A Bloomberg report shows that a group of 33 lawmakers in Japan are backing a 1,350 kilometer pipeline that would run between Russia's Sakhalin Island and Japan's Ibaraki prefecture, just northeast of Tokyo. The project is estimated to cost $5.9 billion and could yield as much as 20 billion cubic meters of natural gas per year (equivalent to 15 million metric tons of liquefied natural gas). The pipeline would make up 17 percent of Japan's imports.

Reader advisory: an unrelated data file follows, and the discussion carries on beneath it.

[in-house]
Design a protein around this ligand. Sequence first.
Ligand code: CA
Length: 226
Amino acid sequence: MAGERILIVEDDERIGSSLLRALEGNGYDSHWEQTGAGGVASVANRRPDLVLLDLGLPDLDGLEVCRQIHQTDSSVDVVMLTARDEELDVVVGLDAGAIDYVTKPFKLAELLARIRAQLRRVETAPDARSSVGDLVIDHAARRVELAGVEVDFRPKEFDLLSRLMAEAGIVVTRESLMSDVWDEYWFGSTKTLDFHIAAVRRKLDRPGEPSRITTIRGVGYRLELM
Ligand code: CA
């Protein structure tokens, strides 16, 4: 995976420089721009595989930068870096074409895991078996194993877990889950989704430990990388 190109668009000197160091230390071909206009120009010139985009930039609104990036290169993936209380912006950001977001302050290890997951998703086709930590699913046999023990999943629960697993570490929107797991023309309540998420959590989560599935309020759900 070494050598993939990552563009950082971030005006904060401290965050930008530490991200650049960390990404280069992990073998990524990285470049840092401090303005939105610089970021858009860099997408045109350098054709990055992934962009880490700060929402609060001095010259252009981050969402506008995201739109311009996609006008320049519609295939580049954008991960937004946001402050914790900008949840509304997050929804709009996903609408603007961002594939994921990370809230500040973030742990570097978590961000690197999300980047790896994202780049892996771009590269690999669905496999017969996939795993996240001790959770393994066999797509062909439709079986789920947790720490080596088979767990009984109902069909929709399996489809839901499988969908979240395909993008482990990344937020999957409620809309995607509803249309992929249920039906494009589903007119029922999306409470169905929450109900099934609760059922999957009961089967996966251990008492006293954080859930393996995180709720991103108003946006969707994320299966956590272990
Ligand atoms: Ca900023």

The Japanese lawmakers backing the proposal belong mostly to the ruling Liberal Democratic Party and the New Komeito Party. The renewed interest in the pipeline is primarily due to Japan's own energy shortages following the shutdown of all of Japan's 48 nuclear reactors following the March 11, 2011 Tohoku earthquake and tsunami, which caused a triple meltdown at the Fukushima Daiichi plant. The Democratic Party of Japan government at the time decided to shut down Japan's nuclear plants and begin moving the country away from a reliance on nuclear power following a public backlash after the Fukushima crisis.